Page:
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Chapter 1

Chapter 1 on Introduction to OB.docx

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Simon Fraser University
Business Administration
BUS 272
Graeme Coetzer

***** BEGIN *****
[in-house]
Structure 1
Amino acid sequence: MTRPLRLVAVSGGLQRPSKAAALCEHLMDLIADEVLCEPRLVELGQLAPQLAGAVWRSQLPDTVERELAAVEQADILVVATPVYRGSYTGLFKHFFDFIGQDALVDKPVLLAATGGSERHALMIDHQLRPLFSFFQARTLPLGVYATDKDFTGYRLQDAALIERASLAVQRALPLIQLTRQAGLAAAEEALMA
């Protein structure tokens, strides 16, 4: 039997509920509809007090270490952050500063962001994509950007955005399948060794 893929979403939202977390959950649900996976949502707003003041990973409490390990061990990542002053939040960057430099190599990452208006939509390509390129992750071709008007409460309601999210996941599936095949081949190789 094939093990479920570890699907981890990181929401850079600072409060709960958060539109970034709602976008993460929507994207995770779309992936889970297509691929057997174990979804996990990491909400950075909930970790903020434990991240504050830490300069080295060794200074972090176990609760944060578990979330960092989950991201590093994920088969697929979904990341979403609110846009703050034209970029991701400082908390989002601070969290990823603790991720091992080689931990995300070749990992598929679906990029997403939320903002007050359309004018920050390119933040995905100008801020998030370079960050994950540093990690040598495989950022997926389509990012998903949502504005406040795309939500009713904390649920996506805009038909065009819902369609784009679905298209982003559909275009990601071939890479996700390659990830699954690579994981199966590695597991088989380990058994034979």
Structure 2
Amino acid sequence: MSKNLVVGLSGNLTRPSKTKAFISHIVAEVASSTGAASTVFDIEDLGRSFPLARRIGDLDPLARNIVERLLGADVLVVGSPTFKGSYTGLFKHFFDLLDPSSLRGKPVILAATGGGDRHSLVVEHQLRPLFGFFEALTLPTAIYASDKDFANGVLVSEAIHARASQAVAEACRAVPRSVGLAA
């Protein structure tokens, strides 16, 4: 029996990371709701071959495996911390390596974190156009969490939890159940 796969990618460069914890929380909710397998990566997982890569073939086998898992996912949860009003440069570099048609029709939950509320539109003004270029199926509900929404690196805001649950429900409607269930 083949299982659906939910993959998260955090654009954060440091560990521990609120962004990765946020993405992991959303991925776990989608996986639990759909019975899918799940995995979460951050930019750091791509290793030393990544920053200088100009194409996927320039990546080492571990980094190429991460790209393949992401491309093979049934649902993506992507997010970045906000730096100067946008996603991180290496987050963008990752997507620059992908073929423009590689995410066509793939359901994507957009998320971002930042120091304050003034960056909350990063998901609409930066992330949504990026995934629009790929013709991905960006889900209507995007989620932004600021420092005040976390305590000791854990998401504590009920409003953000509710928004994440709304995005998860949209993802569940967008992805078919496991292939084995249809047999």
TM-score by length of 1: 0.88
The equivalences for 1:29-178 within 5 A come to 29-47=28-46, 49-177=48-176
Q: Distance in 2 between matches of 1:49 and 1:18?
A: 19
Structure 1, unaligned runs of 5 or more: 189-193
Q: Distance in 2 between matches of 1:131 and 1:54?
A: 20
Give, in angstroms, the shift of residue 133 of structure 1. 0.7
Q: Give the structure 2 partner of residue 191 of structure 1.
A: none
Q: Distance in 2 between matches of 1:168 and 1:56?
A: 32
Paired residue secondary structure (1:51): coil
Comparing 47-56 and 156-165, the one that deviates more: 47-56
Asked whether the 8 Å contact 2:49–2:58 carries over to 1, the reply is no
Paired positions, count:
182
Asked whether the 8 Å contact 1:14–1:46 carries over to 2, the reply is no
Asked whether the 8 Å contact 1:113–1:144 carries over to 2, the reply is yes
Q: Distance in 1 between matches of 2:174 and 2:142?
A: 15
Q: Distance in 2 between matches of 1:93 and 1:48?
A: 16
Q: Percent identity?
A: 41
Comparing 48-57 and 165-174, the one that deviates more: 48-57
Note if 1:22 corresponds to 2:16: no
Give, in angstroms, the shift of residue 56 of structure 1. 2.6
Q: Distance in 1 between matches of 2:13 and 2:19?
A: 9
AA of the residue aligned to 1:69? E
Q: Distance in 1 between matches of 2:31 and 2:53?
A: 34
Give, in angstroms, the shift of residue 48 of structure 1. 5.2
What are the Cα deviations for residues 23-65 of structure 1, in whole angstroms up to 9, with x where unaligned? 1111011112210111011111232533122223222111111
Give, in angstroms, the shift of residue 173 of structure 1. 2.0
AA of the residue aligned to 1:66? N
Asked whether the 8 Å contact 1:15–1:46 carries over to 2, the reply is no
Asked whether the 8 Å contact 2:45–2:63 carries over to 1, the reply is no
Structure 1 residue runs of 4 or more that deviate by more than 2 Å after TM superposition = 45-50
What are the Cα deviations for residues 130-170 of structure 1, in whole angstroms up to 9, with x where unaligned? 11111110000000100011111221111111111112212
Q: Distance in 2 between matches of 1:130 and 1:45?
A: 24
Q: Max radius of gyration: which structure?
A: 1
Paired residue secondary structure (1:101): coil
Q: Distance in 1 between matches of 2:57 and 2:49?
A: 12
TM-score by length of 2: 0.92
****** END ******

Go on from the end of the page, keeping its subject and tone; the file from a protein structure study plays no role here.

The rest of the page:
Chapter 1 Introduction to the Field of Organizational Behavior Organizational behavior - The study of what people think, feel, and do in and around organizations - Focus on employee behavior, decisions, perceptions, and emotional responses - The study of how organizations interact with their external environments, especially in the context of employee behavior and decisions Organizations - Groups of people who work interdependently toward some purpose - Collective entities - Collective sense of purpose - Required a minimal level of communication, coordination, and collaboration to achieve organizational objectives Why study OB? - Satisfy the need to understand and predict - Helps us to test personal theories - Influence behaviour – get things done - OB improves an organization’s financial health - OB is for everyone. Organizational Effectiveness - The ultimate dependent variable in OB - Old approach – achievement of stated goals - Has too many substitute labels – organizational performance, success, goodness, health, competitiveness, excellence - Problem with goal attainment o Could set easy goals o Company might achieve wrong goals Four perspectives of organizational effectiveness (Need to consider all four perspectives when assessing a company’s effectiveness) - Open System Perspectives o One of the earliest and well entrenched ways of thinking about organizations o Organizations are complex systems that “live” within (and depend upon) the external environment o Open describe this permeable relationship; closed system operate without dependence on or interaction with an external environment o Depend on the external environment  Resources, such as raw materials, job applicants, financial resources, information, and equipment  Consists of rules and expectations, such as laws and cultural norms o Inside are subsystems: departments, teams, informal groups, work processes, technological configurations, etc. o Effective organizations  Maintain a close “fit” with changing conditions  Transform inputs to outputs efficiently and flexibly  Move into different environments if the current environment is too challenging  Fluidly reconfiguring their subsystems to become more consistent with new environment o Internal subsystems effectiveness  Most common indicator of this internal transformation process is organizational efficiency/ productivity  The ratio of inputs to outcomes  Companies that produce more goods or services with less labor, materials, and energy are more efficient o Foundation for the other three organizational effectiveness perspective External Environment - Raw Material External Environment - Human Resources - Products/services - Information Transforming inputs - Shareholder dividends - Finances to outputs - Community support - Equipment - Waste/ pollution - Organizational Learning Perspective o An organization’s capacity to acquire, share, use, and store valuable knowledge o Main driver of competitive advantage  Organizational memory  The storage and preservation of intellectual capital  Retain intellectual capital by o Keeping knowledgeable employees o Transferring knowledge to others o Transferring human capital to structural capital  Successful companies also unlearn o Absorptive capacity (knowledge prerequisite)  The ability to recognize the value of new information, assimilate it, and use it for value-added activities o Need to consider both stock and flow of knowledge  Stock: intellectual capital  Human capital: knowledge, skills, and abilities that people possess, generate economic value  Structural capital: knowledge captured in systems and structures  Relationship capital: value derived from satisfied customers, reliable suppliers, etc.  Flow: organizational learning processes of acquisition, sharing, and use Knowledge Knowledge Knowledge Knowledge Acquisition Sharing Use Storage Learing Communication Awareness Human memory Scanning Training Sensemaking Documentation Grafting Info systems Autonomy Practices/habits Experimenting Observation Empowerment Databases - High Performance Work Practices Perspective (HPWPs) o Effective organizations incorporate server workplace practices that leverage the potential of human capital o Human capital (employee knowledge, skills, abilities) is competitive advantage  Help discover opportunities and minimize threats in the external environment  Rare and difficult to imitate  Can’t be replaced by technology o Four HPWPs 1. Employee involvement 2. Job autonomy  Tend to strengthen employee motivation  Improve decision making, organizatio
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